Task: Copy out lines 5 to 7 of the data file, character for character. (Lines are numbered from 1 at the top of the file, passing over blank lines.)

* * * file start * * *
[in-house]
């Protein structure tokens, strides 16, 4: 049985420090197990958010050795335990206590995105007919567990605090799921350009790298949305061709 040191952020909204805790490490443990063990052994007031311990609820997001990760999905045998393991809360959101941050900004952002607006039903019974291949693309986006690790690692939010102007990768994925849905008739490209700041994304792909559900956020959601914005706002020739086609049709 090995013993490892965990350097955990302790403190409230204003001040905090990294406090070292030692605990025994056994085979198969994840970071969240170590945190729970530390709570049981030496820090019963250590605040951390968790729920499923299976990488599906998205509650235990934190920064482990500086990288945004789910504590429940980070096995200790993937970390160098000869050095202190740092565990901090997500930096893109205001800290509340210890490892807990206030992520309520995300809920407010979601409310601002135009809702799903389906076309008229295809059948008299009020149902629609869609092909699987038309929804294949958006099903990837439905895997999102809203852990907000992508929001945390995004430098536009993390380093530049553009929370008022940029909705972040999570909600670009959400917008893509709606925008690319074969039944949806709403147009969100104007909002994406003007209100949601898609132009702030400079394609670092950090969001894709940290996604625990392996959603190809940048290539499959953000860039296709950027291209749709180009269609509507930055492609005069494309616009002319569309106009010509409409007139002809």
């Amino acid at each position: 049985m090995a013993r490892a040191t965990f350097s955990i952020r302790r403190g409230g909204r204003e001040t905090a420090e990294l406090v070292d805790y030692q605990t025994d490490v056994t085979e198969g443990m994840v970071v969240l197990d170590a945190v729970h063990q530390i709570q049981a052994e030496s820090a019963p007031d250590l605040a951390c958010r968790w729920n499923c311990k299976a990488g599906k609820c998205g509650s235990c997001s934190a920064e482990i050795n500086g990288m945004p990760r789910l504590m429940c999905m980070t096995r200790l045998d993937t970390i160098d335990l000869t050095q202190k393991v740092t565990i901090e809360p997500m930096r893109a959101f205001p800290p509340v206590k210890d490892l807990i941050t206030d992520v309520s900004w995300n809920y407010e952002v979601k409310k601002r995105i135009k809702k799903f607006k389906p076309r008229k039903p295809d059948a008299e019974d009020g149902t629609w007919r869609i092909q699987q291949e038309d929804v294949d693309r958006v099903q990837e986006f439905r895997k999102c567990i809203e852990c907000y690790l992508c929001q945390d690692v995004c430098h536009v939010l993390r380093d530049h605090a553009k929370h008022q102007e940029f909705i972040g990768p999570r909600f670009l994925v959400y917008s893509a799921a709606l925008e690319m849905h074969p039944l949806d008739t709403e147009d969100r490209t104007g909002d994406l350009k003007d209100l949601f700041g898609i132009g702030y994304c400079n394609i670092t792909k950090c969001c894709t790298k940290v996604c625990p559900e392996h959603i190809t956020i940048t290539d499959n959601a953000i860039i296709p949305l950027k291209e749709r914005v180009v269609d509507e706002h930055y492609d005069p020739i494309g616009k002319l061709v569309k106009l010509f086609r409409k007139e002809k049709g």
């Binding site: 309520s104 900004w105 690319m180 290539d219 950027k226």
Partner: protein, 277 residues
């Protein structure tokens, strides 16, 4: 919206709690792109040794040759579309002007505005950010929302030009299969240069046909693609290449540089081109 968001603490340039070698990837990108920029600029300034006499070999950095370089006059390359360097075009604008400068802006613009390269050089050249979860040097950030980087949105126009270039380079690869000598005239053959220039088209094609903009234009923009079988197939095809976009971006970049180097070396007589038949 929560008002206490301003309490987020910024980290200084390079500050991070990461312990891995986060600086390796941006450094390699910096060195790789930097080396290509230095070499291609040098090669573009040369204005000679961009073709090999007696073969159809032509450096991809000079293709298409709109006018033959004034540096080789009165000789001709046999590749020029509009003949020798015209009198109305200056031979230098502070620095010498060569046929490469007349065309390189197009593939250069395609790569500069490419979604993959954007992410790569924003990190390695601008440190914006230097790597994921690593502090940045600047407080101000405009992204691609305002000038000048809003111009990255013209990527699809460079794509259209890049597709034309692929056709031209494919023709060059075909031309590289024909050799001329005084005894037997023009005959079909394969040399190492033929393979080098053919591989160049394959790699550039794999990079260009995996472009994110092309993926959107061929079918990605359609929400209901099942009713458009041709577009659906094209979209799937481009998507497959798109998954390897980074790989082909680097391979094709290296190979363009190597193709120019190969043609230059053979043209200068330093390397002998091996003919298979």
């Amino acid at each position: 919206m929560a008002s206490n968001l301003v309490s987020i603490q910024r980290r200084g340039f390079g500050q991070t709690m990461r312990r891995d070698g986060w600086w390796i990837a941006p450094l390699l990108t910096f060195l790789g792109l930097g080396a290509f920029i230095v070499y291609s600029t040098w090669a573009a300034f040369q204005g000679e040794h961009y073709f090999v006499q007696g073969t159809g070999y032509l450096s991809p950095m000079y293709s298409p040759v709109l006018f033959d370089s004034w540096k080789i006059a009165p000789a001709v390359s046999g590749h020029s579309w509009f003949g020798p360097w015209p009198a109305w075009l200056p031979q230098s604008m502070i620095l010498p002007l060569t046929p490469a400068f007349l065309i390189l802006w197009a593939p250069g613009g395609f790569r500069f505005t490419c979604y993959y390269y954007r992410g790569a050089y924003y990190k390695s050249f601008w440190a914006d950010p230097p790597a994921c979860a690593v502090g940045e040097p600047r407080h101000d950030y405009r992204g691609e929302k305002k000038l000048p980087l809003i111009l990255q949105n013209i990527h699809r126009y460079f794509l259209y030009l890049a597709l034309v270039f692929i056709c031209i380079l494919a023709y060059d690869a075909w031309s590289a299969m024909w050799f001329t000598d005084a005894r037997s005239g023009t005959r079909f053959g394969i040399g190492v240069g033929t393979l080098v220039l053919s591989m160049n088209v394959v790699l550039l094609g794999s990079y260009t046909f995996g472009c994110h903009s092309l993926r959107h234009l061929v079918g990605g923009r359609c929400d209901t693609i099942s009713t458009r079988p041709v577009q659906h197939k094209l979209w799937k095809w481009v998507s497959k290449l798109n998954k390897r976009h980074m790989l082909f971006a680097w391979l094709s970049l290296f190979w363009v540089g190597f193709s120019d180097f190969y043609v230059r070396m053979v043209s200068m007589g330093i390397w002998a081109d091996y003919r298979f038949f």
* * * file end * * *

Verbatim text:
Partner: protein, 277 residues
């Protein structure tokens, strides 16, 4: 919206709690792109040794040759579309002007505005950010929302030009299969240069046909693609290449540089081109 968001603490340039070698990837990108920029600029300034006499070999950095370089006059390359360097075009604008400068802006613009390269050089050249979860040097950030980087949105126009270039380079690869000598005239053959220039088209094609903009234009923009079988197939095809976009971006970049180097070396007589038949 929560008002206490301003309490987020910024980290200084390079500050991070990461312990891995986060600086390796941006450094390699910096060195790789930097080396290509230095070499291609040098090669573009040369204005000679961009073709090999007696073969159809032509450096991809000079293709298409709109006018033959004034540096080789009165000789001709046999590749020029509009003949020798015209009198109305200056031979230098502070620095010498060569046929490469007349065309390189197009593939250069395609790569500069490419979604993959954007992410790569924003990190390695601008440190914006230097790597994921690593502090940045600047407080101000405009992204691609305002000038000048809003111009990255013209990527699809460079794509259209890049597709034309692929056709031209494919023709060059075909031309590289024909050799001329005084005894037997023009005959079909394969040399190492033929393979080098053919591989160049394959790699550039794999990079260009995996472009994110092309993926959107061929079918990605359609929400209901099942009713458009041709577009659906094209979209799937481009998507497959798109998954390897980074790989082909680097391979094709290296190979363009190597193709120019190969043609230059053979043209200068330093390397002998091996003919298979």
């Amino acid at each position: 919206m929560a008002s206490n968001l301003v309490s987020i603490q910024r980290r200084g340039f390079g500050q991070t709690m990461r312990r891995d070698g986060w600086w390796i990837a941006p450094l390699l990108t910096f060195l790789g792109l930097g080396a290509f920029i230095v070499y291609s600029t040098w090669a573009a300034f040369q204005g000679e040794h961009y073709f090999v006499q007696g073969t159809g070999y032509l450096s991809p950095m000079y293709s298409p040759v709109l006018f033959d370089s004034w540096k080789i006059a009165p000789a001709v390359s046999g590749h020029s579309w509009f003949g020798p360097w015209p009198a109305w075009l200056p031979q230098s604008m502070i620095l010498p002007l060569t046929p490469a400068f007349l065309i390189l802006w197009a593939p250069g613009g395609f790569r500069f505005t490419c979604y993959y390269y954007r992410g790569a050089y924003y990190k390695s050249f601008w440190a914006d950010p230097p790597a994921c979860a690593v502090g940045e040097p600047r407080h101000d950030y405009r992204g691609e929302k305002k000038l000048p980087l809003i111009l990255q949105n013209i990527h699809r126009y460079f794509l259209y030009l890049a597709l034309v270039f692929i056709c031209i380079l494919a023709y060059d690869a075909w031309s590289a299969m024909w050799f001329t000598d005084a005894r037997s005239g023009t005959r079909f053959g394969i040399g190492v240069g033929t393979l080098v220039l053919s591989m160049n088209v394959v790699l550039l094609g794999s990079y260009t046909f995996g472009c994110h903009s092309l993926r959107h234009l061929v079918g990605g923009r359609c929400d209901t693609i099942s009713t458009r079988p041709v577009q659906h197939k094209l979209w799937k095809w481009v998507s497959k290449l798109n998954k390897r976009h980074m790989l082909f971006a680097w391979l094709s970049l290296f190979w363009v540089g190597f193709s120019d180097f190969y043609v230059r070396m053979v043209s200068m007589g330093i390397w002998a081109d091996y003919r298979f038949f």